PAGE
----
Wouldn’t it be a good idea if the BBC who are biased in the case for wind and renewables were made to put in the corner of the screen the amount of energy provided by wind and solar for each day? It seems to be we only hear about the figures when they are good because the climate has been ‘right’ but are never told when they have to import as there is no sun or wind. They are like gamblers, they only talk about the wins and not the losses.

    • Sir Joe Soap
      Posted July 8, 2017 at 9:32 am | Permalink

      The problem is that the government puts obstacles in the way of obvious advances-a talented potential 20 year old entrepreneur stuffed with debt for wising up on a STEM course at Uni, 60% marginal tax when he/she starts earning, VAT to pay up front before debtors have paid him, pays Corporation tax on profits just to acquire working capital to run the business etc., etc. Therefore difficult to put together a decent sum to invest in an idea without borrowing (again).

      Yet the government throw money at hopeless cases and causes, HS2, Ethipoian Spice Girls, Kids Company, who don’t need to borrow – it’s just thrown at them because they make cuddly pleading noises and look the right “sort” to naive Cameron/Blair types.

  6. agricola
    Posted July 8, 2017 at 7:12 am | Permalink

    For Donald Trump, the new guy on the block, to meet and get to know the other major players in the World, in this case the leaders of Russia and China. From such personal contact to discover what each really thinks about the Syrian and North Korean situations. This might lead to how to minimise the problems they each provoke.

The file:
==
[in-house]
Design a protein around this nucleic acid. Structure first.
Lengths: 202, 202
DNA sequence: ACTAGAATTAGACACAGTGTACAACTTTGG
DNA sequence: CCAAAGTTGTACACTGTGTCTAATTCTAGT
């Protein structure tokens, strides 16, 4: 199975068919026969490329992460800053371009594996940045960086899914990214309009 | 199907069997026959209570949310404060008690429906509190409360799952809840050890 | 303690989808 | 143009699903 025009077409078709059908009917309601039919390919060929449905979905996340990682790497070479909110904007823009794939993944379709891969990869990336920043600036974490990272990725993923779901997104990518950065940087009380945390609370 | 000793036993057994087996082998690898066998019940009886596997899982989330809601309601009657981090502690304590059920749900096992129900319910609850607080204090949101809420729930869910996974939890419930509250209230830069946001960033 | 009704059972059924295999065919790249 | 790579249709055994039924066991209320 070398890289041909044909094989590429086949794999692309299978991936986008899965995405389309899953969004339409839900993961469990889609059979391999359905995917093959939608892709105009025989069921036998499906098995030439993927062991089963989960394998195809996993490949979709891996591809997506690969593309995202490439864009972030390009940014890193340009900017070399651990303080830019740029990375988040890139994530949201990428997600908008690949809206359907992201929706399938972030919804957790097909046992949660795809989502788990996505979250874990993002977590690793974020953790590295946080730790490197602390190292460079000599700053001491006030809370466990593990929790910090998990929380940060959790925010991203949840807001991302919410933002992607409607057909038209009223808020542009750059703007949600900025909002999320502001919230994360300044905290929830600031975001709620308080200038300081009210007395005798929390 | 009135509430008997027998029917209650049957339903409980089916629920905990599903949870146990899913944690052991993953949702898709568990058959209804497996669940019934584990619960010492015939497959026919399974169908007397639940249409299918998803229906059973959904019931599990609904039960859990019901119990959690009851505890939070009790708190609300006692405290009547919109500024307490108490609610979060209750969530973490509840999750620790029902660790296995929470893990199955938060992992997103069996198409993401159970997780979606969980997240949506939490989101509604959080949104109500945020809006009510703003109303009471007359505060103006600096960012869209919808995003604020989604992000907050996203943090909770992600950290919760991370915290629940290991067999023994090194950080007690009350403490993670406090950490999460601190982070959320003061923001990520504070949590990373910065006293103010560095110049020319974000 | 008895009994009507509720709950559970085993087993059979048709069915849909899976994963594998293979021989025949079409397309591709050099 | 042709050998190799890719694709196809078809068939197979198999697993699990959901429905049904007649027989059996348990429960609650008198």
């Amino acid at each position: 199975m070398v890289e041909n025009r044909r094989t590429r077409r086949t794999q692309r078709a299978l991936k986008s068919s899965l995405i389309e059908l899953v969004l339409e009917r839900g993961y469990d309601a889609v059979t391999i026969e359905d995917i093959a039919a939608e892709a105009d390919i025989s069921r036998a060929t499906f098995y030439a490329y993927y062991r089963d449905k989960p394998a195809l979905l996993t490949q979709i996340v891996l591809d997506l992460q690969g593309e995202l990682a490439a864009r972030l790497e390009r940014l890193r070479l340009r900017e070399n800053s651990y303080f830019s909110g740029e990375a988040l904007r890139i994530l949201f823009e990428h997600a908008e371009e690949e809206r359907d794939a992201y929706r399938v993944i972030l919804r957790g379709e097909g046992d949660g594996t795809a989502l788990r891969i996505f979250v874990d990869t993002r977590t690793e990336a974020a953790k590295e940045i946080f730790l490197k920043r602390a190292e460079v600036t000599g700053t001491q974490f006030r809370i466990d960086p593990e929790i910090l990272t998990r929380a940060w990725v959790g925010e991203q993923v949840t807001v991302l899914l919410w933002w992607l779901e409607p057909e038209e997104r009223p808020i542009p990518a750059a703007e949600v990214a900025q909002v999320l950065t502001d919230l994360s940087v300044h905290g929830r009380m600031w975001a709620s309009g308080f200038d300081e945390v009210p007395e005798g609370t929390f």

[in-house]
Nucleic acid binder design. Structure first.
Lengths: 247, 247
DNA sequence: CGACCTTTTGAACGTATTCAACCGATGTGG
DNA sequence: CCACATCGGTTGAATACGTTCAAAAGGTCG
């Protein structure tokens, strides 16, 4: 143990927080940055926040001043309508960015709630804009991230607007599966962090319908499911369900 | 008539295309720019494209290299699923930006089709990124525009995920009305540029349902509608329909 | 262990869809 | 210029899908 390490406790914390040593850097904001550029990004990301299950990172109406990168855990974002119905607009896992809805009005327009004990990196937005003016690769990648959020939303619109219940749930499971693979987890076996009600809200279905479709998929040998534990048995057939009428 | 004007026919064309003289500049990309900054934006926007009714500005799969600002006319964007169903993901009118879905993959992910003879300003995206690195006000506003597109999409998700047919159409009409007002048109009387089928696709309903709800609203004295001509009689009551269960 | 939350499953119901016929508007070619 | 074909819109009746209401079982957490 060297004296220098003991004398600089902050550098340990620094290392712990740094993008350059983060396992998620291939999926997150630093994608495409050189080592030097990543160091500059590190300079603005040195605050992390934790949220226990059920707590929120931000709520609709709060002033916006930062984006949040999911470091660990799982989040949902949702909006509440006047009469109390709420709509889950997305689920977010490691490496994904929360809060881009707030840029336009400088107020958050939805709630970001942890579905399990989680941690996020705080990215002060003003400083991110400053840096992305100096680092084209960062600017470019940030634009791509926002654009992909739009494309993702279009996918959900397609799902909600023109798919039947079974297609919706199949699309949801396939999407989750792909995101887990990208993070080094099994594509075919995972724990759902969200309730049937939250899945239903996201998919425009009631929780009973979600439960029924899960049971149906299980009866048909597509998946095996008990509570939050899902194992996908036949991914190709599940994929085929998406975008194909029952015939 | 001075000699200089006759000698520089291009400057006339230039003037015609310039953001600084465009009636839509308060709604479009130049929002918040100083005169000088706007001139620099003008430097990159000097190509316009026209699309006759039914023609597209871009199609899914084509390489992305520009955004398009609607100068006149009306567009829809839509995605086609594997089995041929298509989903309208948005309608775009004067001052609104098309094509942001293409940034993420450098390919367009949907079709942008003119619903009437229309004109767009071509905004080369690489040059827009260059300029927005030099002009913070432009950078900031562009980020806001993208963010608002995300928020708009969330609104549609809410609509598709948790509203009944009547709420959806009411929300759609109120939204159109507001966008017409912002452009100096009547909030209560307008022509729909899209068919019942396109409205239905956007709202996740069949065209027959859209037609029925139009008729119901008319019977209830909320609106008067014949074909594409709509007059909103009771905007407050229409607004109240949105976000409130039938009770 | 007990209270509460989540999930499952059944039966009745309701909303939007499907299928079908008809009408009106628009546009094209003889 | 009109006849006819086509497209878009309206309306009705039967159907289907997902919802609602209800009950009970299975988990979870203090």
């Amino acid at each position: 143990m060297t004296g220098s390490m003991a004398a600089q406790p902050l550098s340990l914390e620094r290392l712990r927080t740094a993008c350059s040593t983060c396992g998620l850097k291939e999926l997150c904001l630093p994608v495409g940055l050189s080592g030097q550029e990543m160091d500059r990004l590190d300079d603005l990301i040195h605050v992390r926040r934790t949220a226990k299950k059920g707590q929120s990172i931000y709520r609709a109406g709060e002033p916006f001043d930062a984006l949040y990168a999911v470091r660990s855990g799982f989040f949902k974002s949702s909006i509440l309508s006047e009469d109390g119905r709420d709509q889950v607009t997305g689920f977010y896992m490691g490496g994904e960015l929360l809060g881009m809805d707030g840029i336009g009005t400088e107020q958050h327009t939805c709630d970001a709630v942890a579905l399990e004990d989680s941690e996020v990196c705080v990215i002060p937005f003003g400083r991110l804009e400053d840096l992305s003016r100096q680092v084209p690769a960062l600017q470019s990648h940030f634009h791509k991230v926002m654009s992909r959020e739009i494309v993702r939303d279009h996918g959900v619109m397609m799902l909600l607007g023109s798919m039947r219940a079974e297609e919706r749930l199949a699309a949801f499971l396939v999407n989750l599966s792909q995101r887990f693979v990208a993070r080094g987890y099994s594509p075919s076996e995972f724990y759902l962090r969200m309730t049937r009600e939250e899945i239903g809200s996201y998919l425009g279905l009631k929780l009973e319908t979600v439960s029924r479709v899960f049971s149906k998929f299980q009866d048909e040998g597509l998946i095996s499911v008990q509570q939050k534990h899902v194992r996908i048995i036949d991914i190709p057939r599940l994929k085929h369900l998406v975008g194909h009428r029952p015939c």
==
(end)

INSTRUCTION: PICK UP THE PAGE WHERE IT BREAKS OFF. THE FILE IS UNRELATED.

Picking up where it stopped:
It is fairly obvious that the EU in incapable of sorting out it’s own internal problems and that of mass economic migration from Africa and elsewhere around the Eastern Mediterranean. In there present state they are of little significance in World affaires. Nor can it be said that they can speak for the people they supposedly represent.

  7. MikeP
    Posted July 8, 2017 at 7:21 am | Permalink

    These Summits are a farce. The leaders of the top 20 nations scrambling for the best spot for the inevitable team photograph. How about allowing photographers in to the meeting room so at least we see the leaders at work rather than strutting their vanity. Same goes for EU “Summits”, total embarrassment.

    • British Spy
      Posted July 9, 2017 at 12:04 am | Permalink

      MikeP. You are assuming, bless, that “The Leaders” are working.
      None of them have the qualifications nor experience to strike any trade deal of themselves alone nor come to any agreement bi-laterally or multi-laterally.
      It is a photo opportunity and to reassure the public they are not totally barking mad. They do not fool anyone.

  8. Bryan Harris
    Posted July 8, 2017 at 7:26 am | Permalink

    I’ve learned to mistrust most of what Frau Merkel tries to do – She was a communist, and seems to believe still in state control of everything – She isolates Russia because Putin will not go along with her ideas of a OWG – she was a driving force with allowing in so many migrants.

    I have no love of her rival for German chancellor – Schultz, another disaster waiting in the wings, and he would be no better for us all, but she is no homely grandmother.

    One thing that these liberal-cum-communists have forgotten and that is how to mind their own business – they interfere and try to plot a future for others when they should just support 3rd world countries while they try to make their way….. they are so like the old Christian missionaries who decided they had to educate African savages, for example – but who is to say that these so called savages didn’t have it more right than the empire building political elite drones.